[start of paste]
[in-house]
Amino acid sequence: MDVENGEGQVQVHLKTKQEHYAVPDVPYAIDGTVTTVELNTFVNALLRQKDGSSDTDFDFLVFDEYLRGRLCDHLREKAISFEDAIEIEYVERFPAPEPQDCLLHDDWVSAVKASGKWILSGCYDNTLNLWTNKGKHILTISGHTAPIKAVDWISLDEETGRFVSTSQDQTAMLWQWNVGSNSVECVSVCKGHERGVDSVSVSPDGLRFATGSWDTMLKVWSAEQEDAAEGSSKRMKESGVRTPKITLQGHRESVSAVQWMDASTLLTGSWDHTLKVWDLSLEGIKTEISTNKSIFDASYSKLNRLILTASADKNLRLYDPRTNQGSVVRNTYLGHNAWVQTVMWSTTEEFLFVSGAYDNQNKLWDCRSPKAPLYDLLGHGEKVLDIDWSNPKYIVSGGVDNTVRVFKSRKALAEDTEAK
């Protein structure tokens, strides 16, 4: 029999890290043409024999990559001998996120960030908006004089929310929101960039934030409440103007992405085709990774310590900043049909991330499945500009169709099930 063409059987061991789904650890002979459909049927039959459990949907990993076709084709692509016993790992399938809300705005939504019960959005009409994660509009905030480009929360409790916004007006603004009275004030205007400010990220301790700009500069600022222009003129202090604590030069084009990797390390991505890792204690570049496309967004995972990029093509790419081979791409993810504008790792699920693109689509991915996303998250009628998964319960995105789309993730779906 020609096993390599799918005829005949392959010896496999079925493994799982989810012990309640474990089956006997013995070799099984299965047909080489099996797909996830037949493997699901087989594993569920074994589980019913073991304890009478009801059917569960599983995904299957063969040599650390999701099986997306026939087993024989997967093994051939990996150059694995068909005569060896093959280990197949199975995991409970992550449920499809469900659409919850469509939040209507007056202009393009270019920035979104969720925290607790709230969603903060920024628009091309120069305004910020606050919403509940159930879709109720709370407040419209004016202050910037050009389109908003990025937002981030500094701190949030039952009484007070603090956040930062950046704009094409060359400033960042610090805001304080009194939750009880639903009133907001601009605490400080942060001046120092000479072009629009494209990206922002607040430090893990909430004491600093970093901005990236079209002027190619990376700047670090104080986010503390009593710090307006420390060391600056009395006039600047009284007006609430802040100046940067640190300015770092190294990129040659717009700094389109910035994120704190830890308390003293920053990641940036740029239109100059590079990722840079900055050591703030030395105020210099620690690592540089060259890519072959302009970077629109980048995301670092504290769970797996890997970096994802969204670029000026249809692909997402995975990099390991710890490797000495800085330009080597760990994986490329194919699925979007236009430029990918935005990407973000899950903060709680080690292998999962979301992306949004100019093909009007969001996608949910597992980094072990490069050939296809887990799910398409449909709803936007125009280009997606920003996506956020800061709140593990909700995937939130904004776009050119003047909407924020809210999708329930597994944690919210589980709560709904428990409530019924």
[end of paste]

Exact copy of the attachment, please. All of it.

[in-house]
Amino acid sequence: MDVENGEGQVQVHLKTKQEHYAVPDVPYAIDGTVTTVELNTFVNALLRQKDGSSDTDFDFLVFDEYLRGRLCDHLREKAISFEDAIEIEYVERFPAPEPQDCLLHDDWVSAVKASGKWILSGCYDNTLNLWTNKGKHILTISGHTAPIKAVDWISLDEETGRFVSTSQDQTAMLWQWNVGSNSVECVSVCKGHERGVDSVSVSPDGLRFATGSWDTMLKVWSAEQEDAAEGSSKRMKESGVRTPKITLQGHRESVSAVQWMDASTLLTGSWDHTLKVWDLSLEGIKTEISTNKSIFDASYSKLNRLILTASADKNLRLYDPRTNQGSVVRNTYLGHNAWVQTVMWSTTEEFLFVSGAYDNQNKLWDCRSPKAPLYDLLGHGEKVLDIDWSNPKYIVSGGVDNTVRVFKSRKALAEDTEAK
């Protein structure tokens, strides 16, 4: 029999890290043409024999990559001998996120960030908006004089929310929101960039934030409440103007992405085709990774310590900043049909991330499945500009169709099930 063409059987061991789904650890002979459909049927039959459990949907990993076709084709692509016993790992399938809300705005939504019960959005009409994660509009905030480009929360409790916004007006603004009275004030205007400010990220301790700009500069600022222009003129202090604590030069084009990797390390991505890792204690570049496309967004995972990029093509790419081979791409993810504008790792699920693109689509991915996303998250009628998964319960995105789309993730779906 020609096993390599799918005829005949392959010896496999079925493994799982989810012990309640474990089956006997013995070799099984299965047909080489099996797909996830037949493997699901087989594993569920074994589980019913073991304890009478009801059917569960599983995904299957063969040599650390999701099986997306026939087993024989997967093994051939990996150059694995068909005569060896093959280990197949199975995991409970992550449920499809469900659409919850469509939040209507007056202009393009270019920035979104969720925290607790709230969603903060920024628009091309120069305004910020606050919403509940159930879709109720709370407040419209004016202050910037050009389109908003990025937002981030500094701190949030039952009484007070603090956040930062950046704009094409060359400033960042610090805001304080009194939750009880639903009133907001601009605490400080942060001046120092000479072009629009494209990206922002607040430090893990909430004491600093970093901005990236079209002027190619990376700047670090104080986010503390009593710090307006420390060391600056009395006039600047009284007006609430802040100046940067640190300015770092190294990129040659717009700094389109910035994120704190830890308390003293920053990641940036740029239109100059590079990722840079900055050591703030030395105020210099620690690592540089060259890519072959302009970077629109980048995301670092504290769970797996890997970096994802969204670029000026249809692909997402995975990099390991710890490797000495800085330009080597760990994986490329194919699925979007236009430029990918935005990407973000899950903060709680080690292998999962979301992306949004100019093909009007969001996608949910597992980094072990490069050939296809887990799910398409449909709803936007125009280009997606920003996506956020800061709140593990909700995937939130904004776009050119003047909407924020809210999708329930597994944690919210589980709560709904428990409530019924």